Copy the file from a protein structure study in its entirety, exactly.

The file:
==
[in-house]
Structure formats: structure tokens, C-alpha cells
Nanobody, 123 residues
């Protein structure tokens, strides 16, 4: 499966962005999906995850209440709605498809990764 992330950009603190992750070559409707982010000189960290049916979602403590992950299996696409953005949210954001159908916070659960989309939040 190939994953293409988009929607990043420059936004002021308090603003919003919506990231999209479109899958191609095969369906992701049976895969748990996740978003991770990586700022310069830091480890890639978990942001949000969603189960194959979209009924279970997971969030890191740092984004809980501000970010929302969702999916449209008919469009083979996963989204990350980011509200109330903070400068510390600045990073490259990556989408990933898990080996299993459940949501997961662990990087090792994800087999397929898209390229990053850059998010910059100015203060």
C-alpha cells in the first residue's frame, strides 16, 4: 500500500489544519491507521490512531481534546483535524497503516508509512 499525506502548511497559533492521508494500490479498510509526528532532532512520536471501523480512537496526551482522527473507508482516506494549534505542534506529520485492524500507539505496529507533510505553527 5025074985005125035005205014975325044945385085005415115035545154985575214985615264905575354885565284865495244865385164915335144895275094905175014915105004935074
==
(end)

[in-house]
Structure formats: structure tokens, C-alpha cells
Nanobody, 123 residues
């Protein structure tokens, strides 16, 4: 499966962005999906995850209440709605498809990764 992330950009603190992750070559409707982010000189960290049916979602403590992950299996696409953005949210954001159908916070659960989309939040 190939994953293409988009929607990043420059936004002021308090603003919003919506990231999209479109899958191609095969369906992701049976895969748990996740978003991770990586700022310069830091480890890639978990942001949000969603189960194959979209009924279970997971969030890191740092984004809980501000970010929302969702999916449209008919469009083979996963989204990350980011509200109330903070400068510390600045990073490259990556989408990933898990080996299993459940949501997961662990990087090792994800087999397929898209390229990053850059998010910059100015203060």
C-alpha cells in the first residue's frame, strides 16, 4: 500500500489544519491507521490512531481534546483535524497503516508509512 499525506502548511497559533492521508494500490479498510509526528532532532512520536471501523480512537496526551482522527473507508482516506494549534505542534506529520485492524500507539505496529507533510505553527 5025074985005125035005205014975325044945385085005415115035545154985575214985615264905575354885565284865495244865385164915335144895275094905175014915105004935074